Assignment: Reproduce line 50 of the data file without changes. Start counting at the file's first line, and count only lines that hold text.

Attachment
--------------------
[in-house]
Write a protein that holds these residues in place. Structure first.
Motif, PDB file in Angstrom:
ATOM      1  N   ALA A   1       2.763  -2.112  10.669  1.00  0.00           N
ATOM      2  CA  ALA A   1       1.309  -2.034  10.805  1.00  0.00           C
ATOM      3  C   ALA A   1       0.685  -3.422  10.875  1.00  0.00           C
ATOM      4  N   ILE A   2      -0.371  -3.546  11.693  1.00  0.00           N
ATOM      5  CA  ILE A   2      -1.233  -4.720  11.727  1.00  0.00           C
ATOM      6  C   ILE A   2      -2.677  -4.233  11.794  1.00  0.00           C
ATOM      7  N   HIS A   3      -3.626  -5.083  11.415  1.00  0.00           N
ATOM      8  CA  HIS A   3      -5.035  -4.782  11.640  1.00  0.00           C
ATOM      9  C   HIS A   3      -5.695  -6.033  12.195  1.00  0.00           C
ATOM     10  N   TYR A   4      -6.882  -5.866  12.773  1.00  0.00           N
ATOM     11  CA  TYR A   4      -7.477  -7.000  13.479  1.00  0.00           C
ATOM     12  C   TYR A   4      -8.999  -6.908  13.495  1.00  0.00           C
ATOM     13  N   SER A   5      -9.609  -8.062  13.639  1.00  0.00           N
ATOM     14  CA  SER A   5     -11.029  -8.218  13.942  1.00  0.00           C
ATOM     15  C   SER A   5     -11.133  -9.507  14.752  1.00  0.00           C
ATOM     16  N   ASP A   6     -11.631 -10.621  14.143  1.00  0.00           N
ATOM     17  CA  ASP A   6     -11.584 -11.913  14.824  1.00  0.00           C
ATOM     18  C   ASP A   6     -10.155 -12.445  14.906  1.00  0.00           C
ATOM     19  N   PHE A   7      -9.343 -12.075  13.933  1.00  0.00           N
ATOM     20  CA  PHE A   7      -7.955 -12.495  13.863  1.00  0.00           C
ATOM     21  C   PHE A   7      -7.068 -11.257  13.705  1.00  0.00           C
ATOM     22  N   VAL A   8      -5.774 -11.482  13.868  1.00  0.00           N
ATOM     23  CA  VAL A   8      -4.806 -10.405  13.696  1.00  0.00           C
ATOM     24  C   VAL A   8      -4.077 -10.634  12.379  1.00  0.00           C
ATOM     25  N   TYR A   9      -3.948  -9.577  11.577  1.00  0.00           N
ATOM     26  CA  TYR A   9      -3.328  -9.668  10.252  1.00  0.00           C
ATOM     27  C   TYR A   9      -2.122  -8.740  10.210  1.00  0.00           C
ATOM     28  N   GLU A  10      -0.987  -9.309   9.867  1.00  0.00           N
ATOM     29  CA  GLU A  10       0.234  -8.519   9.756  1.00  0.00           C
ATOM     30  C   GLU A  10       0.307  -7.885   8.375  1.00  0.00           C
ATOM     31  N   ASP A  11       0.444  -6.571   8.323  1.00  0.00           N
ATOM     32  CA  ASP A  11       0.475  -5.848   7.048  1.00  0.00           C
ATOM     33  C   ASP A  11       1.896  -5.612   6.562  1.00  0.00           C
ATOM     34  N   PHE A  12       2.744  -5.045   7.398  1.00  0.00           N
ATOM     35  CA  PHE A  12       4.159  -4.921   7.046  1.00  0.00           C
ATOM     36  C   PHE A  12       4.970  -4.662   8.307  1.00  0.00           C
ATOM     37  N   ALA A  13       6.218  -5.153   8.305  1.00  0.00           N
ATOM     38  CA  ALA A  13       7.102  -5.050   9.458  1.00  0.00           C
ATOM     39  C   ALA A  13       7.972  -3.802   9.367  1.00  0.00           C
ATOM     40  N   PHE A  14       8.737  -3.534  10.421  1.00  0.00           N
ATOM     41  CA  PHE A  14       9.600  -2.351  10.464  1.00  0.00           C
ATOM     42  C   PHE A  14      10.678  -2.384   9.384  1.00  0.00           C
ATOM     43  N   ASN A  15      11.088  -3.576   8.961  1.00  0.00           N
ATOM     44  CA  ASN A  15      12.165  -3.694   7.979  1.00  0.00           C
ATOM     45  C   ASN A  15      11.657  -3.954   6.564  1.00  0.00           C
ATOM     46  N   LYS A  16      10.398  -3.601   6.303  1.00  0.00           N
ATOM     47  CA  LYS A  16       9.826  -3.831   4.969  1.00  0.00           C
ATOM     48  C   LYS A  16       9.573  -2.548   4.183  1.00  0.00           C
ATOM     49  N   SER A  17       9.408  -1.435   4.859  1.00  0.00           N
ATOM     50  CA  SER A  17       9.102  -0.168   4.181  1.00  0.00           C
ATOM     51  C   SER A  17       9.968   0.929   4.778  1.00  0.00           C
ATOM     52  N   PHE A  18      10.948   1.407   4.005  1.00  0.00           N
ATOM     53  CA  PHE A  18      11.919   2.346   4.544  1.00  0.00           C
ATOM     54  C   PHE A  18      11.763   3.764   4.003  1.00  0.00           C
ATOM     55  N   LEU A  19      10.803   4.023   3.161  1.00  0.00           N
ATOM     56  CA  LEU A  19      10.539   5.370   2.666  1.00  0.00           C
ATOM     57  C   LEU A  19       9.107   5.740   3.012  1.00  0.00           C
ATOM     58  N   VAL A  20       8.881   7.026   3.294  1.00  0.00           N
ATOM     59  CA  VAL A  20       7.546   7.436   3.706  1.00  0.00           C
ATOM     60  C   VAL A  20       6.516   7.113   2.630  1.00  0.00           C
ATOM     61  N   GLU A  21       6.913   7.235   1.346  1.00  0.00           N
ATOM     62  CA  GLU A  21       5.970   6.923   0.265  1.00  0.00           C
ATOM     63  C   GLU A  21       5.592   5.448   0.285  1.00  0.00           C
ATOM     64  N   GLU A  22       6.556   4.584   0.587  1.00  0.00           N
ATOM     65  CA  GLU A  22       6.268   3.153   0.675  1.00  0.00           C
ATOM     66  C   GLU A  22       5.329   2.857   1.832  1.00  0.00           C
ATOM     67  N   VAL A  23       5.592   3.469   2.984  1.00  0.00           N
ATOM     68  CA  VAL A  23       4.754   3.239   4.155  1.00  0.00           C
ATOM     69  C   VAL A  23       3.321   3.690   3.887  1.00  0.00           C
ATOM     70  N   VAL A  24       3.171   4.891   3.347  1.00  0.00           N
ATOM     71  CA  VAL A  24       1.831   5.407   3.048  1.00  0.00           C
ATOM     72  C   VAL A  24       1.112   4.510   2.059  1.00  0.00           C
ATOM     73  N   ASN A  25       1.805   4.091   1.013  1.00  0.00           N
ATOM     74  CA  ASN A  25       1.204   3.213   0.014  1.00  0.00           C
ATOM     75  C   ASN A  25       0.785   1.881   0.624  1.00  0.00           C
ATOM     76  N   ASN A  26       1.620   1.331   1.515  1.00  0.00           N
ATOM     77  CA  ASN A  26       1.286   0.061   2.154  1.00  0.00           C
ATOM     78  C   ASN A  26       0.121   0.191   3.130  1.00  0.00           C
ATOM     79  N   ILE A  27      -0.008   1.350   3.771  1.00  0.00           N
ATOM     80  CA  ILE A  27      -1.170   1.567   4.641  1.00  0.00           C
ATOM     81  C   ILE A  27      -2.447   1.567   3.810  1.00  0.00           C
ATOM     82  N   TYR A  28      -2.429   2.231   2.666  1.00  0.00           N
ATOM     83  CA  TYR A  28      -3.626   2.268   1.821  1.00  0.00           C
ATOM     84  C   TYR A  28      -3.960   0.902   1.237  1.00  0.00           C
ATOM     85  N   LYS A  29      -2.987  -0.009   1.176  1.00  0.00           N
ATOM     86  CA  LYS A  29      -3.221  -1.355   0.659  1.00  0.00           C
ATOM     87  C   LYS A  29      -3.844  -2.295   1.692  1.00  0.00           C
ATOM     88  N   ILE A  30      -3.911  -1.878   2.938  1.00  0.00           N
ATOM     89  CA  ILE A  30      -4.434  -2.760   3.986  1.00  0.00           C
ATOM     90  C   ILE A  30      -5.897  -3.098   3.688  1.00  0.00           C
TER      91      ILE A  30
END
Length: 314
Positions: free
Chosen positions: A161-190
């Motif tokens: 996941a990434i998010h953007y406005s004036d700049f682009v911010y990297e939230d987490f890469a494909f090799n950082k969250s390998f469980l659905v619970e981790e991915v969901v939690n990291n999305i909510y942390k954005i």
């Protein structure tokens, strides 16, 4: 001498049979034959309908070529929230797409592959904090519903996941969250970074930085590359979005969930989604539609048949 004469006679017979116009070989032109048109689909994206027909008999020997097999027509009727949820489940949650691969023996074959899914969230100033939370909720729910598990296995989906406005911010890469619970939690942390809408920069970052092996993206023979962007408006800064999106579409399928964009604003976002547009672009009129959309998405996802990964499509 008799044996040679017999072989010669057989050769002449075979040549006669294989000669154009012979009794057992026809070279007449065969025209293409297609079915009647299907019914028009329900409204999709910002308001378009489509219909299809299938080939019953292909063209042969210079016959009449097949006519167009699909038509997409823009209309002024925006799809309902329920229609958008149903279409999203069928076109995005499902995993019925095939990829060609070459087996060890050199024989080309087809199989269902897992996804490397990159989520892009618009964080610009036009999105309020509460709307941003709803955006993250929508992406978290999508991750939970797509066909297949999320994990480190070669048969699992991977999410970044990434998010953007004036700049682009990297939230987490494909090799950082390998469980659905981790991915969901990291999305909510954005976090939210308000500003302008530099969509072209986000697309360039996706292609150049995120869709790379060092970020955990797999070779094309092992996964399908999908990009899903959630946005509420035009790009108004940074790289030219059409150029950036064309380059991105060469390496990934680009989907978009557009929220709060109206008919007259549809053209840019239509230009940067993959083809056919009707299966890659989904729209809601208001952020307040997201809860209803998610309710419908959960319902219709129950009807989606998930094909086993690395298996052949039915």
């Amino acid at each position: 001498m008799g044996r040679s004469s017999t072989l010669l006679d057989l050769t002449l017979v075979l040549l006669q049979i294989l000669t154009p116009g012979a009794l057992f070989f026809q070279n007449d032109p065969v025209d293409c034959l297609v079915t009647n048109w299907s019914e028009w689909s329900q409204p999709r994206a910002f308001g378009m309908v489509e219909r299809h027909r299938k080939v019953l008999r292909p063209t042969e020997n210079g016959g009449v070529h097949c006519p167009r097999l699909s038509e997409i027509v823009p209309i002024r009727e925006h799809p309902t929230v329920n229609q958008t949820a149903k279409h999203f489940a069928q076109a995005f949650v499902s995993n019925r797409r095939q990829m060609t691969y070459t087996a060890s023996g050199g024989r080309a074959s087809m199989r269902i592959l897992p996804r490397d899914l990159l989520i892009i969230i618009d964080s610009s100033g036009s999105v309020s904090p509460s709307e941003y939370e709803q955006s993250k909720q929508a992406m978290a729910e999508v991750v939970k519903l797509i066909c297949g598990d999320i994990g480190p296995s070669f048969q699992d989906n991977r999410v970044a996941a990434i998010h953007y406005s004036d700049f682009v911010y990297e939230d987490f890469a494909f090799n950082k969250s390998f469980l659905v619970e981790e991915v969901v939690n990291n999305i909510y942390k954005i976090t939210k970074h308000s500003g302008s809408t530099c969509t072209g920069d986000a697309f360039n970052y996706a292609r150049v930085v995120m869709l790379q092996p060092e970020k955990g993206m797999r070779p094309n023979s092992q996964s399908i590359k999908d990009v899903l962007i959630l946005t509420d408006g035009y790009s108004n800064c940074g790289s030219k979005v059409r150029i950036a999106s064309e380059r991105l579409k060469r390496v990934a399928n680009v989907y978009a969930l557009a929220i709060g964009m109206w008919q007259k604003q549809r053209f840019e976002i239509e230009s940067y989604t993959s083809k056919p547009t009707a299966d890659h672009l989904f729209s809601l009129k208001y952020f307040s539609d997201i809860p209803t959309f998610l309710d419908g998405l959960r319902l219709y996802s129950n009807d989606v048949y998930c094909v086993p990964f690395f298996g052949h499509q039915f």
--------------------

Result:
ATOM     47  CA  LYS A  16       9.826  -3.831   4.969  1.00  0.00           C